Moatsville Stories: An Appalachian Upbringing by David Ball
The author of Ground Hog Dinner has done it again by bringing new life to a collection of humorous short stories about life in his beloved Moatsville, West Virginia. He has resurrected stories that ooze from memories of long ago in writing Moatsville Stories: An Appalachian Upbringing. It provides a window to the past and gives a peek of what life was like around the village of Moatsville where its sons and daughters did their part to make this a great nation. The stories are painted by words and cover an array of subjects. Anyone who grew up in the Allegheny Mountains owns a piece of their unique culture. These stories, and many others, help us to better understand our values, our beliefs, and our desires. The lives of the people have not been touched up in these stories to make them appear different than who they really were. Purity of the events and people has been maintained to show what life was like growing up in Appalachia. The stories are humorous, intriguing, informative, and true. They are about real people and real life. It was a time in history when pride, patriotism, and the moral fabric of society were held in high esteem. It was before tattoos captured beautiful bodies and drugs destroyed young lives. It was before big government owned your wallet and yuppies took control of society and wasted what had taken numerous generations to build. It was a time when life was not so complicated and most people in rural America were self-sufficient. Business was done with a handshake and your word was your bond. We are not charged with the burden of proof or challenged to pass judgment on the people in the stories. Their experience was real to them and all we have to do is enjoy our journey as we walk in their footsteps of yesterday. Each day is a short story in our travel through life and it is important to not let them be forgotten or thrown away. Most people would not be remembered if it was not for their part in a story. Greatness does not mean that one must possess huge material wealth, or hold numerous degrees, or be famous, or have super-natural powers; Greatness is what we leave in the minds of others. The men, women, children, and dogs identified in this collection of short stories left lasting impressions and therefore achieved their own greatness. The folks around Moatsville, Arden, Clemtown, Nestorville, and Tacy, West Virginia, filled the bill of being great friends, great neighbors, great characters, and ones who left wonderful memories. Their legacy is our treasure. Those who had the good fortune of being exposed to life in the Allegheny Mountains were blessed to have known real heroes.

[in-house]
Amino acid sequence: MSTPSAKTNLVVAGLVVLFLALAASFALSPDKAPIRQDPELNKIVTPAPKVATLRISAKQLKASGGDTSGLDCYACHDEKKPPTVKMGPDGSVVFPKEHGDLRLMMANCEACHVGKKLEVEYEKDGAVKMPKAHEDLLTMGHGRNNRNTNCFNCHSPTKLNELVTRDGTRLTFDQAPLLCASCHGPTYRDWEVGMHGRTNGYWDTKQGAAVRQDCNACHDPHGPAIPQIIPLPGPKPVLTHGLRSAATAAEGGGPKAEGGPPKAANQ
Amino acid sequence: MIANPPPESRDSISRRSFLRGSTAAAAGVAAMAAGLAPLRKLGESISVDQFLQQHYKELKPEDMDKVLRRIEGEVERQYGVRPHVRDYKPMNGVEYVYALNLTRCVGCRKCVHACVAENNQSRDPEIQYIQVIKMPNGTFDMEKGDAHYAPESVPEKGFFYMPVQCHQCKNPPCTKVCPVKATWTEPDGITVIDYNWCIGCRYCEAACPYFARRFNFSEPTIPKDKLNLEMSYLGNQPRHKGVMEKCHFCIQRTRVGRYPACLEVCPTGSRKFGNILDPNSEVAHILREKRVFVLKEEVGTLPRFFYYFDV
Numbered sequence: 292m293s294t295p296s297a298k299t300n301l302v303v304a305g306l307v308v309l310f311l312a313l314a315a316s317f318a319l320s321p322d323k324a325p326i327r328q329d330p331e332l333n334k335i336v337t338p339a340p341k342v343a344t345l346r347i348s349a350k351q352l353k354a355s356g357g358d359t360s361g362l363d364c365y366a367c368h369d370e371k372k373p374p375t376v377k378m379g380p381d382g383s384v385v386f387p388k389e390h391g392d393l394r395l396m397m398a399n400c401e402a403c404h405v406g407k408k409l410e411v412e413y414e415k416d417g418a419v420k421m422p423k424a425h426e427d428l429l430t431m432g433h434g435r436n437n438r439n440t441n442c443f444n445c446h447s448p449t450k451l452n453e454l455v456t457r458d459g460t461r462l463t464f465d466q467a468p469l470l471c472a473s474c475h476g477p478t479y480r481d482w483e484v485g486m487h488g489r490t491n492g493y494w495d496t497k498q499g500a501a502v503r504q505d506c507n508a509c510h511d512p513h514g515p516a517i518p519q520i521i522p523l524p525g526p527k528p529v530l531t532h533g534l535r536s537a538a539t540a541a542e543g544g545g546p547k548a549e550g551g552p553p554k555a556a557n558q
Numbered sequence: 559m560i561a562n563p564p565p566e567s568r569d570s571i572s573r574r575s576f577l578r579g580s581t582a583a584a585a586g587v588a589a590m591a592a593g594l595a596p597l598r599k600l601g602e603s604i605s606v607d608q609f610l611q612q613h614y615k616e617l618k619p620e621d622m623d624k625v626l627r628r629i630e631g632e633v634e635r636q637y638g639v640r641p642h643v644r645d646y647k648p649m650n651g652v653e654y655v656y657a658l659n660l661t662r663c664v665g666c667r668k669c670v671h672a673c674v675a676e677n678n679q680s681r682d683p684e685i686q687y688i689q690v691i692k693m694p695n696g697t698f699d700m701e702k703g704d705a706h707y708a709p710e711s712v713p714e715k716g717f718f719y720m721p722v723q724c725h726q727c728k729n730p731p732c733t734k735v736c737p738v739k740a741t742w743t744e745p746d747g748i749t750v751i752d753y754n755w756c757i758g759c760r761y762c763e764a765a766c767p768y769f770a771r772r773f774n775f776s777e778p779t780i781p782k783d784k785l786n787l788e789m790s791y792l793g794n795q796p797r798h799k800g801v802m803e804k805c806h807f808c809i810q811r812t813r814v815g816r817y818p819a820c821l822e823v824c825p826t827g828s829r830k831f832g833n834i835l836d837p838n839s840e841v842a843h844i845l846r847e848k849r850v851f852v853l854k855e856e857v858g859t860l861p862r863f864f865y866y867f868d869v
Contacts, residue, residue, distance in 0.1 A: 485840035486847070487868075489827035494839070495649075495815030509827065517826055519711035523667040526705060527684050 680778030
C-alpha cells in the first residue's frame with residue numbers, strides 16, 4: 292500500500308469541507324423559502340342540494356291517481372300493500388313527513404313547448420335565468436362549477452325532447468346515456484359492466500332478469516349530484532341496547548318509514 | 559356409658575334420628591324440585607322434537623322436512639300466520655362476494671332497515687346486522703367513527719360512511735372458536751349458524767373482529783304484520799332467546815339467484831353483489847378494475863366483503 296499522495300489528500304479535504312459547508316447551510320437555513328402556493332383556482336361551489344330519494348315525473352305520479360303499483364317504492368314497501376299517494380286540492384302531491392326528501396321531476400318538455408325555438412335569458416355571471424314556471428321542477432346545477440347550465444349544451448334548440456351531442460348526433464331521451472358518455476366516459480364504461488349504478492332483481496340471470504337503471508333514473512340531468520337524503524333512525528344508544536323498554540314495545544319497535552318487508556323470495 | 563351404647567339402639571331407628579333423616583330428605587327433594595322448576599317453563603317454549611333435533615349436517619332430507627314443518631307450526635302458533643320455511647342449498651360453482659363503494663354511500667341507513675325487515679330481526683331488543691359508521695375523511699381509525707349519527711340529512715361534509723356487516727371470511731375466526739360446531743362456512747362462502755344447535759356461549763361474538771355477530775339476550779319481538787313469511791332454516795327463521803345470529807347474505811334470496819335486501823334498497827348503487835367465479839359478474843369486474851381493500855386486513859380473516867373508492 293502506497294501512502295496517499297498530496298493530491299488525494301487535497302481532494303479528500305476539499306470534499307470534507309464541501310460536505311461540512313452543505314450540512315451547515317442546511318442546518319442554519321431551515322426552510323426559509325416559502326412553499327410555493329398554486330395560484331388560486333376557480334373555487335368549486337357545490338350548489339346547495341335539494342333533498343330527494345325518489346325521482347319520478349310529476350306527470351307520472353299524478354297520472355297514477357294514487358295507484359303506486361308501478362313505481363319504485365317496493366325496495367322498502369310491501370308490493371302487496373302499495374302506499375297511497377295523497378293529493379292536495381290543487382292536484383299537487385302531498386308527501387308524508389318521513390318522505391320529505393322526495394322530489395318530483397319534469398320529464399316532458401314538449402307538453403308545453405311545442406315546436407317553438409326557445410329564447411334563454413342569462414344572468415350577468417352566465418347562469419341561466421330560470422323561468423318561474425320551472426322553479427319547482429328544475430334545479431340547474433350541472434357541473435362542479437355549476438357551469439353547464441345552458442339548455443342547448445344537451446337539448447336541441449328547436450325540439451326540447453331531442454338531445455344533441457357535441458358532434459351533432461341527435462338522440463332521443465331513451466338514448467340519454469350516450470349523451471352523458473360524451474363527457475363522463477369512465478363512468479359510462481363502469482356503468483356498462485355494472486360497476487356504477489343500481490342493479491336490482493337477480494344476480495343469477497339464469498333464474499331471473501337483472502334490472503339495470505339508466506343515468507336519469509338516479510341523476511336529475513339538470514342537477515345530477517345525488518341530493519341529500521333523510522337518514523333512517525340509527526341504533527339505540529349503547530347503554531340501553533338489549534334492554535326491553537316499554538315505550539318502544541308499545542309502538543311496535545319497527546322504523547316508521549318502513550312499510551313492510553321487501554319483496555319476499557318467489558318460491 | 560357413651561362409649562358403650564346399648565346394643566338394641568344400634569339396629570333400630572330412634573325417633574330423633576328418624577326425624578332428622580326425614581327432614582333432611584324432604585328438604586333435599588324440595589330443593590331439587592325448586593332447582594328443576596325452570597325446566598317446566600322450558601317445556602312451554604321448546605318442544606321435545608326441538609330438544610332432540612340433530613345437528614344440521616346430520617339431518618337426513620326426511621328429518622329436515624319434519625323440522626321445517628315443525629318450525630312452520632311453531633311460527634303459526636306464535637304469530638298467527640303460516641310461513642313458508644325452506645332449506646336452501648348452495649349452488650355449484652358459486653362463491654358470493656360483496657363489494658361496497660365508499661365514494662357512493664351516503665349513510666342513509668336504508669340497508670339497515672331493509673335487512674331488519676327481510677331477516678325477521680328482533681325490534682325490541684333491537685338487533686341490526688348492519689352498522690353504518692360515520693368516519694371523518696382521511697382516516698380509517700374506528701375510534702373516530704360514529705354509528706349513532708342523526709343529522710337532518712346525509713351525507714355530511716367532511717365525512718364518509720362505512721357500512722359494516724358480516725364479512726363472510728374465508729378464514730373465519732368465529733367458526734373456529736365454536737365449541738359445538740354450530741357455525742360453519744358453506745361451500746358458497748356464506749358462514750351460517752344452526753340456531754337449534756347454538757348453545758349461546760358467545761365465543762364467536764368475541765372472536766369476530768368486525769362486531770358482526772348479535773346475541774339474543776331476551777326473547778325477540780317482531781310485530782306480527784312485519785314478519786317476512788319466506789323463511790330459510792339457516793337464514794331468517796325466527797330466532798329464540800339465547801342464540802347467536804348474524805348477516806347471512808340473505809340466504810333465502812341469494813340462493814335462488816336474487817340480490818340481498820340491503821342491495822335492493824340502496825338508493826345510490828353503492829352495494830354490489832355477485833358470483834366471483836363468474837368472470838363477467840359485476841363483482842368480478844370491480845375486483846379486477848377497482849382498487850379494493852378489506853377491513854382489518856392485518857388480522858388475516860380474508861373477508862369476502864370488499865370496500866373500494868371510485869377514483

Parsons, WV: McClain, 2014